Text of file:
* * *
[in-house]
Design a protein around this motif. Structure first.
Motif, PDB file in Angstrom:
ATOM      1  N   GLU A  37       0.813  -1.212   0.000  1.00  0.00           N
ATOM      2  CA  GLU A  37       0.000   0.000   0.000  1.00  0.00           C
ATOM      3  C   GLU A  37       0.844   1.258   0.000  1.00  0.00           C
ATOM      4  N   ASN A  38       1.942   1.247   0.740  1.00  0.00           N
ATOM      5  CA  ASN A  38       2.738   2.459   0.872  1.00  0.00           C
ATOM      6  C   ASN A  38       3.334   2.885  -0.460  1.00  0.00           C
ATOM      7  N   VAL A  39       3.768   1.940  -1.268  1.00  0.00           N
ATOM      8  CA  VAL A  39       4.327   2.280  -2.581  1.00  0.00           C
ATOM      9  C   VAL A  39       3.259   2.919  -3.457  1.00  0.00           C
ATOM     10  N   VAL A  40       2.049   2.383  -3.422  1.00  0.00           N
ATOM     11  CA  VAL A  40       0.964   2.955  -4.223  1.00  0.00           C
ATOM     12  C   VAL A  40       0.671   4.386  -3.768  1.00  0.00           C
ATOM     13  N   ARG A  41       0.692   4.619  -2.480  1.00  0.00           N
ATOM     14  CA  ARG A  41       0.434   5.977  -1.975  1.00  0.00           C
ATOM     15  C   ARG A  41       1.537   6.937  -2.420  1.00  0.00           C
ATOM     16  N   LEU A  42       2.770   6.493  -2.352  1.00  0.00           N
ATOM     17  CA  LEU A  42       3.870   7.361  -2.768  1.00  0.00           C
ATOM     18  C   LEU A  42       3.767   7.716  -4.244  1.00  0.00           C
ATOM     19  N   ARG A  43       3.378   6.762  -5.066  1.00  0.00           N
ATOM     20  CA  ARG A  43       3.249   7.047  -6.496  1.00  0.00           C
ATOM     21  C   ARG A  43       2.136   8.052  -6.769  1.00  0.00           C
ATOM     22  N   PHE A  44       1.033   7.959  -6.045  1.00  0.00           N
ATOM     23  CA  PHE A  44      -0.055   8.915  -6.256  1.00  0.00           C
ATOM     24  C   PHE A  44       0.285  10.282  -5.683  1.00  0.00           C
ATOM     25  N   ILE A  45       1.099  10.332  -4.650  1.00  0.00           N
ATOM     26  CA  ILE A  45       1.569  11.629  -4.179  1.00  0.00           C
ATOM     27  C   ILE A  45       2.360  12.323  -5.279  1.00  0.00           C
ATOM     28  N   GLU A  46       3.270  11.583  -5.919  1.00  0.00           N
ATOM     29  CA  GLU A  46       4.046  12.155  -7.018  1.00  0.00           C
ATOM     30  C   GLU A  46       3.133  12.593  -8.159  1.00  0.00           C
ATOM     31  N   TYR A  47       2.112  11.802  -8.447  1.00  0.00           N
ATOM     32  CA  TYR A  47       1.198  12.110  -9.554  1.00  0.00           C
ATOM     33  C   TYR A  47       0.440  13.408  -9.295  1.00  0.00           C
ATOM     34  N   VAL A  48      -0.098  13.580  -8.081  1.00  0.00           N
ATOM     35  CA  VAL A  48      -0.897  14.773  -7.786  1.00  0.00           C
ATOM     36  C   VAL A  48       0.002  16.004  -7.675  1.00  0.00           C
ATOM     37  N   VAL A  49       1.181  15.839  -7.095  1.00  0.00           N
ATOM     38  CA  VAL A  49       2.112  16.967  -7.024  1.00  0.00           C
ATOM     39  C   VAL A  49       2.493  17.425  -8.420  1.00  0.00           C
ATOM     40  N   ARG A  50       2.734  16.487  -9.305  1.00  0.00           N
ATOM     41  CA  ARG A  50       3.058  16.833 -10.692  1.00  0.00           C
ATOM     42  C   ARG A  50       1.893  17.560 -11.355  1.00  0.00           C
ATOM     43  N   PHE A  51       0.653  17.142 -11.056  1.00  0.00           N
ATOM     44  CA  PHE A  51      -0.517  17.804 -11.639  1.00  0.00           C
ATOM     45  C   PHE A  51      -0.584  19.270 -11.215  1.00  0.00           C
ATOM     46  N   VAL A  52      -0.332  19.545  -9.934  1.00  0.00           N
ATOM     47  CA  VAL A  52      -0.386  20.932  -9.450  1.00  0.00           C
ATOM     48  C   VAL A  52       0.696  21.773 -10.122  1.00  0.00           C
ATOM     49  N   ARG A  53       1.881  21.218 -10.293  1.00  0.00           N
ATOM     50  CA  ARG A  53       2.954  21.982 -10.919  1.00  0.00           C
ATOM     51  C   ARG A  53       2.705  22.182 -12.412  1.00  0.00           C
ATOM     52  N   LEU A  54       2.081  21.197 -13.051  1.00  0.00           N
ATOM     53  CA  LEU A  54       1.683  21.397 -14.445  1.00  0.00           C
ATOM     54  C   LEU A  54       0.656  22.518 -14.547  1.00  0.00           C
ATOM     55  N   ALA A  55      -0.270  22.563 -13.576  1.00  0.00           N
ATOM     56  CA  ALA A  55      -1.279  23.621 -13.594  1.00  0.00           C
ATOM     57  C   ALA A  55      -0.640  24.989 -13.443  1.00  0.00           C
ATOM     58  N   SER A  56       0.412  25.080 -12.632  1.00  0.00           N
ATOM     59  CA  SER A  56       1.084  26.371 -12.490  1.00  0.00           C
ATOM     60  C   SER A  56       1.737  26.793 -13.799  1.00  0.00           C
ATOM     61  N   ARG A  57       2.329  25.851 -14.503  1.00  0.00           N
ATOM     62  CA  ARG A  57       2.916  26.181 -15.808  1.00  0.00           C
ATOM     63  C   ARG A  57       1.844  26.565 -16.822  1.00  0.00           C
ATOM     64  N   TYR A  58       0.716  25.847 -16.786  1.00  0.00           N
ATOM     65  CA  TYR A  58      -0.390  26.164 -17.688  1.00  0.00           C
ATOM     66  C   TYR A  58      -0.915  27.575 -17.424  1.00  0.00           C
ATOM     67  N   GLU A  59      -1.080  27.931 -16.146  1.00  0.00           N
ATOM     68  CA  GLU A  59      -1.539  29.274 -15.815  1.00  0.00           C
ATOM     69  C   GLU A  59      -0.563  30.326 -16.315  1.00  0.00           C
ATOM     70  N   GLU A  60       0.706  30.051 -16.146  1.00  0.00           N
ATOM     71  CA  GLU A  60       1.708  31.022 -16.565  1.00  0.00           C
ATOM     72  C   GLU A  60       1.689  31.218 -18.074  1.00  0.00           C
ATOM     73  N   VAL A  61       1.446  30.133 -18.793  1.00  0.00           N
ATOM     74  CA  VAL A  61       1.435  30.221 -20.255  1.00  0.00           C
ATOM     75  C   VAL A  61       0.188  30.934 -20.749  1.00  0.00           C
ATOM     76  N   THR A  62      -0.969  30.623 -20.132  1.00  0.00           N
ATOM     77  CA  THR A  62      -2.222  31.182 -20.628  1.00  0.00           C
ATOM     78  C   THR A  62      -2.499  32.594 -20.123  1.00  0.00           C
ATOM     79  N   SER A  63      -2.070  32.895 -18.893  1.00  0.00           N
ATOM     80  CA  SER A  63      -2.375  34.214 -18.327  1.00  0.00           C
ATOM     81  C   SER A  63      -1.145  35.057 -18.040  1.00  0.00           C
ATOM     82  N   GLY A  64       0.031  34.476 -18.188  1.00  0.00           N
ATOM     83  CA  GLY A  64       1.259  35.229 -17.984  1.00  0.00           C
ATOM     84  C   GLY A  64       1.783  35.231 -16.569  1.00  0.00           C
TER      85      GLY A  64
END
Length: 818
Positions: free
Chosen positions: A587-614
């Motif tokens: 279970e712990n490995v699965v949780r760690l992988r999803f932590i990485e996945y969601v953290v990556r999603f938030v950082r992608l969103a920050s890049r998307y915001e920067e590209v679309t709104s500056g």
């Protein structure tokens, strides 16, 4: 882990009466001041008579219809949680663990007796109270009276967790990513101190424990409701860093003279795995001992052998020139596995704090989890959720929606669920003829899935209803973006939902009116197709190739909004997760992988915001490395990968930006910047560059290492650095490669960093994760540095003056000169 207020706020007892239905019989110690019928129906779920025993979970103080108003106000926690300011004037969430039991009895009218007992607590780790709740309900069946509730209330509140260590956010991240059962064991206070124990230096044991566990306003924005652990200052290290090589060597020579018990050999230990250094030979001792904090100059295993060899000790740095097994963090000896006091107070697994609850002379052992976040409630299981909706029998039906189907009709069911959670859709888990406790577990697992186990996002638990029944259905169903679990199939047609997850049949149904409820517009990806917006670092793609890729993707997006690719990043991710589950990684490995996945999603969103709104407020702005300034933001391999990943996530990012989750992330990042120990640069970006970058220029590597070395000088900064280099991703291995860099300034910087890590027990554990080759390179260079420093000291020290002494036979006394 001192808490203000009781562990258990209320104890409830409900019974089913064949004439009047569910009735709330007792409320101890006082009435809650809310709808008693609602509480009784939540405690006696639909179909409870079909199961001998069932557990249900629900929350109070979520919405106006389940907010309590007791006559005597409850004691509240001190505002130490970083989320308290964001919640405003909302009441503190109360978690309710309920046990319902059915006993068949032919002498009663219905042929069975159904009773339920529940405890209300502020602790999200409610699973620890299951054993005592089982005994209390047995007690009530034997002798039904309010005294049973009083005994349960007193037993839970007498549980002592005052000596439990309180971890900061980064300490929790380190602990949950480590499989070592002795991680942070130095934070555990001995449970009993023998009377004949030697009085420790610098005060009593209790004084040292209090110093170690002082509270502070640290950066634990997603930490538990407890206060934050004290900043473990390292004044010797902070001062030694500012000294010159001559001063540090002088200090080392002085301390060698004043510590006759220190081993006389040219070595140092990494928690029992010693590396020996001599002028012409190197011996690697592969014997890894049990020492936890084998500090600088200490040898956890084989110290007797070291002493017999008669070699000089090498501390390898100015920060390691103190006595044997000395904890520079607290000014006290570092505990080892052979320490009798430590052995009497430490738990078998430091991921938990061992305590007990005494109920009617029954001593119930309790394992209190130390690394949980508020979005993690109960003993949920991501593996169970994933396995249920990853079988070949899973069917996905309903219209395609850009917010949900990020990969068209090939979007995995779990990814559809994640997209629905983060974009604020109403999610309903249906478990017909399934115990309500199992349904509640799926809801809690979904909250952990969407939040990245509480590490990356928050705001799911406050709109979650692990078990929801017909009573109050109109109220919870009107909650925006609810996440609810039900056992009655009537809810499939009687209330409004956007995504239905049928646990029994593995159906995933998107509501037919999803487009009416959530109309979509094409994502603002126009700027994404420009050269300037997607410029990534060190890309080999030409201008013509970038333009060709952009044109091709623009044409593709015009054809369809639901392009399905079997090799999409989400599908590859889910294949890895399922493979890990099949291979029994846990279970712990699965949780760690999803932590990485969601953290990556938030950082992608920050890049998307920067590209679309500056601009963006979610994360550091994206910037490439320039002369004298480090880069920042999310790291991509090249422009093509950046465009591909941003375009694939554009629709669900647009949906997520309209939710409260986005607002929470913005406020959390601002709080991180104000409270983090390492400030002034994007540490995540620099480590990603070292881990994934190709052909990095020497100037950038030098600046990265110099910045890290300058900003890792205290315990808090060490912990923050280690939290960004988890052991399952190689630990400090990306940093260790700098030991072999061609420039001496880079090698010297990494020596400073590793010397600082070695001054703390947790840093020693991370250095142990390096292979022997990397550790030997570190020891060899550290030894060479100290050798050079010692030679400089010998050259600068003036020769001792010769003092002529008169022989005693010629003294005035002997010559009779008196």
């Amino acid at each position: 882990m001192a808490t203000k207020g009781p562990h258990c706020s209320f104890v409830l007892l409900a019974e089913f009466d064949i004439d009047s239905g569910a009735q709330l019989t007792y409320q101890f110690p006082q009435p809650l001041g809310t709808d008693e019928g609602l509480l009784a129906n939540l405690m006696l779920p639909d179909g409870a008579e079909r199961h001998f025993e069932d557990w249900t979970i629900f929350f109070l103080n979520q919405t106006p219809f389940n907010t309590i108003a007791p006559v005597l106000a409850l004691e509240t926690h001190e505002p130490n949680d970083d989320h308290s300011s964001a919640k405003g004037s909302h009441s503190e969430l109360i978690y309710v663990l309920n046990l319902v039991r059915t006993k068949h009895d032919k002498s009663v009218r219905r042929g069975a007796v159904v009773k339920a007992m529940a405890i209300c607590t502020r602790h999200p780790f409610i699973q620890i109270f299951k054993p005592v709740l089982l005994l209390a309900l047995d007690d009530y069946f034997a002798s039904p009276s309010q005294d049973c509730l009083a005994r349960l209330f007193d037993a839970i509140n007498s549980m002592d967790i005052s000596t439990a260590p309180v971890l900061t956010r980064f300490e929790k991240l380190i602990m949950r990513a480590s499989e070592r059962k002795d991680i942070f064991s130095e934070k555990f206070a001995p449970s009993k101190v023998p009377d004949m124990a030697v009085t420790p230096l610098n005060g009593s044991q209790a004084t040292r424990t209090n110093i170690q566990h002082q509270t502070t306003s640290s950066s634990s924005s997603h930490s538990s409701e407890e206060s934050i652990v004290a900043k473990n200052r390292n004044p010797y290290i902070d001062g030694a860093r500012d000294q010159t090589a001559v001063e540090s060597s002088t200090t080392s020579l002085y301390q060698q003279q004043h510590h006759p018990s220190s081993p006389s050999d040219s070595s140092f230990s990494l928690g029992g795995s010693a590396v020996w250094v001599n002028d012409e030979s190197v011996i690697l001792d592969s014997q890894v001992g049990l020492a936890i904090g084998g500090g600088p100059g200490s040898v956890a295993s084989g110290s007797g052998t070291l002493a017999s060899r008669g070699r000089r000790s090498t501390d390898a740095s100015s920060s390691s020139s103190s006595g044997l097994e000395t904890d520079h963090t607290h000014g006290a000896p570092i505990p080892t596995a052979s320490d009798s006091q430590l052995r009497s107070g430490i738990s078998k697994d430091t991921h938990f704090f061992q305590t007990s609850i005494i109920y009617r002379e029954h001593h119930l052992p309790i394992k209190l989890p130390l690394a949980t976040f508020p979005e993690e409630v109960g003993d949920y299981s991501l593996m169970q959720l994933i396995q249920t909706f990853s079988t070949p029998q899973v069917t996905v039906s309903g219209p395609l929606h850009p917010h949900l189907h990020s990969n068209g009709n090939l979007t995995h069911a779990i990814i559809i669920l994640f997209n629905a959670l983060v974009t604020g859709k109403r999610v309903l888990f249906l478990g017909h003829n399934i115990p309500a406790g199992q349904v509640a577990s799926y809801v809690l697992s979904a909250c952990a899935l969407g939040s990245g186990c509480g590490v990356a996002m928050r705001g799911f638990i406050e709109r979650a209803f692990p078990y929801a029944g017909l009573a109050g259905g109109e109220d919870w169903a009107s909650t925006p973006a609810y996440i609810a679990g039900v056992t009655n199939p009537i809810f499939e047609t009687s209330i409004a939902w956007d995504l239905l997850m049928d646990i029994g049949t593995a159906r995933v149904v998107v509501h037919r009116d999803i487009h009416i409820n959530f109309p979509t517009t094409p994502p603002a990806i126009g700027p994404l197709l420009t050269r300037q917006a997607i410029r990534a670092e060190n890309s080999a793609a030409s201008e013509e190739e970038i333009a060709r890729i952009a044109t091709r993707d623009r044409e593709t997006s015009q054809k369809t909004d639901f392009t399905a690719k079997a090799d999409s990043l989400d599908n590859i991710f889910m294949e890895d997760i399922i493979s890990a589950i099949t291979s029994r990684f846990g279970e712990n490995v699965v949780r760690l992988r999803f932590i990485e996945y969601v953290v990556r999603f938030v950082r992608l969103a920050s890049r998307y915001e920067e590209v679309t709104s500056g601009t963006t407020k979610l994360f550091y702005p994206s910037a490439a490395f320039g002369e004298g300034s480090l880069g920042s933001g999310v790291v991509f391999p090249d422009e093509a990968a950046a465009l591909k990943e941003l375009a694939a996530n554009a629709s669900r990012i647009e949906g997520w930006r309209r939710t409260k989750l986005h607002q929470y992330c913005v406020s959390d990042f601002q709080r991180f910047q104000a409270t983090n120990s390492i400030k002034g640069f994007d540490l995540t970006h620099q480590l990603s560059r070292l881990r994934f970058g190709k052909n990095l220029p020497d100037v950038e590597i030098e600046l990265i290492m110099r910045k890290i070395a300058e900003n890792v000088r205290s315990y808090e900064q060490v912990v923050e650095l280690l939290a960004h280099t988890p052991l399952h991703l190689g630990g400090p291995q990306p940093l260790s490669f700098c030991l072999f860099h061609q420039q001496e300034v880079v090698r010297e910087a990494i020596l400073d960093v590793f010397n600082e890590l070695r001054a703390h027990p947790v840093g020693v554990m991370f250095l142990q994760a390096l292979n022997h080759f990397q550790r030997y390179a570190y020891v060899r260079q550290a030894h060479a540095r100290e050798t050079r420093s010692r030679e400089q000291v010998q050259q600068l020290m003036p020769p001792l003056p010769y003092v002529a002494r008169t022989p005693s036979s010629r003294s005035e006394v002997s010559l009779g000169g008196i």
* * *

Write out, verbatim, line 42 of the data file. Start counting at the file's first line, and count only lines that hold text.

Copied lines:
ATOM     39  C   VAL A  49       2.493  17.425  -8.420  1.00  0.00           C